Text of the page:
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Sexual assault, including but not limited to rape, is any kind of sexual physical contact that involves force or any form of coercion or intimidation.
Rape can happen to anyone—children, grandmothers, students, working women, wives, mothers, and even males. Many victims know their assailants. In more than half of reported cases, the rapist is an acquaintance, neighbor, friend, or relative of the victim, according to the National Women's Health Information Center. Most rapes occur in the victim's home.
Women who use illegal drugs and alcohol are more vulnerable to sexual assault because they’re less aware of their surroundings.
The following suggestions from the NWHIC can help decrease your chance of being sexually assaulted.
Install a peephole viewer in your door, and never open your door without knowing who’s on the other side.
Install effective locks on all doors and windows and use them.
Install an intruder alarm system.
Don’t let any strangers into your home, no matter what the reason or how dire the situation appears to be. Offer to make an emergency phone call while they wait outside.
If you come home and find a door or window open or signs of forced entry, don’t go in. Call 911 or your local emergency number from a safe location.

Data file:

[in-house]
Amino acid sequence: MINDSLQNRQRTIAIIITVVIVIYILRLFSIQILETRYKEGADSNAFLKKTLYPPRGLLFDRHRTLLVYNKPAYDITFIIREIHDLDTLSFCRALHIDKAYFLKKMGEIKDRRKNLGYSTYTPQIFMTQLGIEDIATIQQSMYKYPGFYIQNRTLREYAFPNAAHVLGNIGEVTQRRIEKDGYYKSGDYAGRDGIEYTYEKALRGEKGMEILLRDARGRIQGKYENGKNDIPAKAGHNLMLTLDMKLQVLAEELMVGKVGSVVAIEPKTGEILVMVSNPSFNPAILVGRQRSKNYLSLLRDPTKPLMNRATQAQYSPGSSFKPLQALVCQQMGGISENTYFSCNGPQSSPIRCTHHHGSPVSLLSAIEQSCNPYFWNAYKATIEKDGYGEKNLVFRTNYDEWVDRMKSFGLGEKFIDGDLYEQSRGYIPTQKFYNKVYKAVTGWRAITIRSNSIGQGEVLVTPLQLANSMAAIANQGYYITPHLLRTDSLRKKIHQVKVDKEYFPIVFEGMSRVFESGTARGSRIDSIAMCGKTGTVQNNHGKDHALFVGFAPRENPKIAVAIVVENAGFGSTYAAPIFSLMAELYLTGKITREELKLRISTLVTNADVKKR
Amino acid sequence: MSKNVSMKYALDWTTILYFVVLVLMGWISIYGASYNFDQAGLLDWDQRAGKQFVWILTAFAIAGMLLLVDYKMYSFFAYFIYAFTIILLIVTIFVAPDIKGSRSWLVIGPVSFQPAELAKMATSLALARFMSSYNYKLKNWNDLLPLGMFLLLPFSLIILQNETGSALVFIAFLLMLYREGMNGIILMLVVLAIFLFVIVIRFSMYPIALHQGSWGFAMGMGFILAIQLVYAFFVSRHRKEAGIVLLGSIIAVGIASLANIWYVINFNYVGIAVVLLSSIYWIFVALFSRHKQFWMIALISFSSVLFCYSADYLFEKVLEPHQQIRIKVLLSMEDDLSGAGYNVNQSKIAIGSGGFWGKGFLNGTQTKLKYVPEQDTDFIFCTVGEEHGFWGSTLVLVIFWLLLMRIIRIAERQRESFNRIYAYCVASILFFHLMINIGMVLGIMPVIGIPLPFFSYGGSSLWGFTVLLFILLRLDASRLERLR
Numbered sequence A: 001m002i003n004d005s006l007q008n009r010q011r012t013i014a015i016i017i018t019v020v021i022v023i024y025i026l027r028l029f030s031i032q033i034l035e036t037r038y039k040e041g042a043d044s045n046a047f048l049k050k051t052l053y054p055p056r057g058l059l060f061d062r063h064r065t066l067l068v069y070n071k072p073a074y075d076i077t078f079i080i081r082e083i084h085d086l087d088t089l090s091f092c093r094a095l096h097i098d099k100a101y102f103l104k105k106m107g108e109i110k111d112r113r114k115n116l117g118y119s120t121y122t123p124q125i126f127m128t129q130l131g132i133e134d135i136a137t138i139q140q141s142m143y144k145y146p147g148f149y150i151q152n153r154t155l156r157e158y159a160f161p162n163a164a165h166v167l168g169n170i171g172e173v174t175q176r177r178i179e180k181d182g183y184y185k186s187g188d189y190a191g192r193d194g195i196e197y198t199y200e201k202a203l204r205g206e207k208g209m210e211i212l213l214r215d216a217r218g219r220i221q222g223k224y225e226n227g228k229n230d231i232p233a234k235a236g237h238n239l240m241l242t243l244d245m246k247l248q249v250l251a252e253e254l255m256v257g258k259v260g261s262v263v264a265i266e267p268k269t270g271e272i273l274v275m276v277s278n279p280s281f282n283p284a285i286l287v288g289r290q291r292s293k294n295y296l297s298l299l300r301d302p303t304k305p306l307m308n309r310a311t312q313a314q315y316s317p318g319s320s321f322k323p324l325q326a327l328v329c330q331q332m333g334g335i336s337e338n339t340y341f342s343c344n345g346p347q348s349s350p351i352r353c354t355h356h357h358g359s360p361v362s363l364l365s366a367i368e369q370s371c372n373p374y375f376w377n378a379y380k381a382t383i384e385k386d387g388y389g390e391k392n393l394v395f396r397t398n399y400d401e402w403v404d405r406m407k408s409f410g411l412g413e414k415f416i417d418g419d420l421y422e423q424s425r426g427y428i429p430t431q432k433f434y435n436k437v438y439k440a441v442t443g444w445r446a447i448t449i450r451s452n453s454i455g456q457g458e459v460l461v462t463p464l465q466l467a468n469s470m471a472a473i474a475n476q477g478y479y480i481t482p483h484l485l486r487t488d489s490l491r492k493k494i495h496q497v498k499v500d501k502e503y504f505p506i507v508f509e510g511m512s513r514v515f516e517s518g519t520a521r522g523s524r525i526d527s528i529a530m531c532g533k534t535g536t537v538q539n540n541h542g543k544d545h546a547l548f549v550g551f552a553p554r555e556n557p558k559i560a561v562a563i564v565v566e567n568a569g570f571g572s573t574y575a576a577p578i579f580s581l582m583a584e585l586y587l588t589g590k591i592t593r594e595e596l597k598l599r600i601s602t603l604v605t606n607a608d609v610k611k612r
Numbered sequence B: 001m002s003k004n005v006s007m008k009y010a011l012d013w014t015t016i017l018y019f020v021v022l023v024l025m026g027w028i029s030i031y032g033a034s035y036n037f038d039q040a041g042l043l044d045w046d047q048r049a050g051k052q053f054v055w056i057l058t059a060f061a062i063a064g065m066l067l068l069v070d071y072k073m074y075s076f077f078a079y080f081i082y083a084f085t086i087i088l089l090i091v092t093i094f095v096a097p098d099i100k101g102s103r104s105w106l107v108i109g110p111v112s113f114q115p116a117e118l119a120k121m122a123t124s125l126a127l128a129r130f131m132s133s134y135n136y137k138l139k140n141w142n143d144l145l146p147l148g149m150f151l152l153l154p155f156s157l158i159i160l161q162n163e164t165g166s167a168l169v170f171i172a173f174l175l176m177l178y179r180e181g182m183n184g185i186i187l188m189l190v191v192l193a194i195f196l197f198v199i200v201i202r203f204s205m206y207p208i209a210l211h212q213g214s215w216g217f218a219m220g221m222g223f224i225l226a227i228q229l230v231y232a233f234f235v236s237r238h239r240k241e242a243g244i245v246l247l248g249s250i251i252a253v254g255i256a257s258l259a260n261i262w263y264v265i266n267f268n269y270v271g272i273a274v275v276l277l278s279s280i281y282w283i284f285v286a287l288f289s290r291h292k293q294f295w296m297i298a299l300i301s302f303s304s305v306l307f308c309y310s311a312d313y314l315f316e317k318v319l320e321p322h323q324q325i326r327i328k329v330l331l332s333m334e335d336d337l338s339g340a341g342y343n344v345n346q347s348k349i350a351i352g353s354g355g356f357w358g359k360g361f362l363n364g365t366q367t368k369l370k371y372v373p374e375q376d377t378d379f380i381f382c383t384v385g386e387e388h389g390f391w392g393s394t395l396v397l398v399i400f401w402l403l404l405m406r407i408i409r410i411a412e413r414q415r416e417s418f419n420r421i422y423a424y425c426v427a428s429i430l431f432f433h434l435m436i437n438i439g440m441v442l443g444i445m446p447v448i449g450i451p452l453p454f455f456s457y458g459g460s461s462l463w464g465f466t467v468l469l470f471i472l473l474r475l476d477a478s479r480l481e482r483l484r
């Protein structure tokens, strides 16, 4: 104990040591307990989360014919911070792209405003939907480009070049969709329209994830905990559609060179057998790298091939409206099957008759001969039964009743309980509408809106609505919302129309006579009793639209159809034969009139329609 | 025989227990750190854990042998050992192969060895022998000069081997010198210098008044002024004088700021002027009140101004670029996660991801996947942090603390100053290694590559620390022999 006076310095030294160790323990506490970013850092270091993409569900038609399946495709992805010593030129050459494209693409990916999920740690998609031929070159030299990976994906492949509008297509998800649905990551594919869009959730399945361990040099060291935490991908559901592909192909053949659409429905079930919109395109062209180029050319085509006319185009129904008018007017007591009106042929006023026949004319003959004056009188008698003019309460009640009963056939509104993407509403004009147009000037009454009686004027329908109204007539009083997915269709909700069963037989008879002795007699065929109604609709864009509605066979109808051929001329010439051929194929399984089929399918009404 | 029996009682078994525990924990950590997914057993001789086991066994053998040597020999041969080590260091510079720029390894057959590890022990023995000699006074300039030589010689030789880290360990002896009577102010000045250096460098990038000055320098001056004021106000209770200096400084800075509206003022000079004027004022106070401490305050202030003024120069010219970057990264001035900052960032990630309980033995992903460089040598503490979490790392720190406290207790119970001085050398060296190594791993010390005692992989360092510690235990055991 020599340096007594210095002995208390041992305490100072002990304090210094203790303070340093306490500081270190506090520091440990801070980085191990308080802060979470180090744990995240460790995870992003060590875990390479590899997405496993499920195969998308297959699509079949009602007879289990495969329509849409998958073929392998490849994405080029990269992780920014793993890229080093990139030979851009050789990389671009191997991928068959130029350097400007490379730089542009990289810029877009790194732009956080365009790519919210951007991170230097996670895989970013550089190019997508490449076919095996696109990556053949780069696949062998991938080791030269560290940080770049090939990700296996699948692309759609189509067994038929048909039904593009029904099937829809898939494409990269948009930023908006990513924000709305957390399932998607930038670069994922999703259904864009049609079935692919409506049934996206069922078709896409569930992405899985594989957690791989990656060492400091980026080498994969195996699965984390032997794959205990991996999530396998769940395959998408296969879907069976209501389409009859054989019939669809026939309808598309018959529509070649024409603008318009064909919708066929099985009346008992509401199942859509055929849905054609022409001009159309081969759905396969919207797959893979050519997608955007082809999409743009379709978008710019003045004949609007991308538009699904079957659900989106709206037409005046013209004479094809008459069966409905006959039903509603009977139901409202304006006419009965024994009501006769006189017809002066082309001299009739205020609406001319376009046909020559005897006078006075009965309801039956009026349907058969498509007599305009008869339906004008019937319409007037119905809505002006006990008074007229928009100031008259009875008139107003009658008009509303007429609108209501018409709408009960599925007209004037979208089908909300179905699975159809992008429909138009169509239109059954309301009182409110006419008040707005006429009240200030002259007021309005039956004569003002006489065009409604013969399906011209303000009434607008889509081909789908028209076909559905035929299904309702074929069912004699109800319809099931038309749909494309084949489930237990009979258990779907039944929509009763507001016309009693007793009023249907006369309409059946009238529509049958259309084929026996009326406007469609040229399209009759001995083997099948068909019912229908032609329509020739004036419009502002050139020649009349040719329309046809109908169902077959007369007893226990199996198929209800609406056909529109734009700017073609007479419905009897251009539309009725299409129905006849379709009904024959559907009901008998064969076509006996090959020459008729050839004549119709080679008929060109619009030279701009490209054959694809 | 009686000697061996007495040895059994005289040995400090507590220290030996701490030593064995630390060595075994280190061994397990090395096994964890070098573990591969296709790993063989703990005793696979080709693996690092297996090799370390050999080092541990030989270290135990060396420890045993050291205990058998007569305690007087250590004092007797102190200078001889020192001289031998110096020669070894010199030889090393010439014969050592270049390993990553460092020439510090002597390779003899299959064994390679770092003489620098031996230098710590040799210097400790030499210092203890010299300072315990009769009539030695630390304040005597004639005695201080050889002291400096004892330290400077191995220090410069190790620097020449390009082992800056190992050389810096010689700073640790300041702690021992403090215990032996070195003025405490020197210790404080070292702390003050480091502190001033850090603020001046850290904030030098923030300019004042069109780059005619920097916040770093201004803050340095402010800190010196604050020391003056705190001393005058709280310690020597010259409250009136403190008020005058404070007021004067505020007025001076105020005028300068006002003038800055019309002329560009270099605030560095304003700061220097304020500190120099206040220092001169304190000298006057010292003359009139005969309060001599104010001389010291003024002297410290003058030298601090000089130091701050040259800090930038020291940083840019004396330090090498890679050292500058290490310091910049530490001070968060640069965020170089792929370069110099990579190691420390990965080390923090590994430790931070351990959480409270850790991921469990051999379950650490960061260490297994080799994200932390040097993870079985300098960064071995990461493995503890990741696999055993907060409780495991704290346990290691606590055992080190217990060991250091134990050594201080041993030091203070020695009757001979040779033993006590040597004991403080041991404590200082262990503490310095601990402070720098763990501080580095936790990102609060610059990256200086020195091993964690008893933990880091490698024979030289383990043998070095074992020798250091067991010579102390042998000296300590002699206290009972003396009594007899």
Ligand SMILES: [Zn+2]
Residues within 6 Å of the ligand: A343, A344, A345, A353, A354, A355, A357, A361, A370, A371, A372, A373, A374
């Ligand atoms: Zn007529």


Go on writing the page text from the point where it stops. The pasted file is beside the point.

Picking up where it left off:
Be alert to your surroundings and the people around you, especially if you’re alone or it’s dark.
Walk confidently, directly, and at a steady pace on the side of the street facing traffic. A rapist looks for someone who appears vulnerable.
Always park in a well-lit area.
Use the alarm button on your automatic car door opener if you think you are being followed to your car.
Have your keys out and ready before you need them, whether it is for your car or home.
Always look around, and in the back seat of your car, before you enter your vehicle.
If you think you’re being followed, walk quickly to an area where there are lights and people. If a car appears to be following you, turn and walk on the other side of the street.
If you’re in danger, scream and run, or yell “fire.”
Avoid intoxication and drug use. When a person is drinking alcohol or using drugs, it’s harder to think clearly and evaluate a potentially dangerous situation.
In a bar, accept drinks only from the bartender or wait staff.
Go to a safe place immediately and call the police. The sooner you report the incident, the greater the chance the attacker will be caught.
Don’t wash, douche, change clothes, or clean up in any way until you talk with the police and go to a hospital.
Remember, you’re the victim. You have nothing to feel guilty or ashamed about. Contact a rape crisis center to help you deal with the assault. The Rape, Abuse, and Incest National Network has crisis workers available 24/7 at 800-656-HOPE or through its website.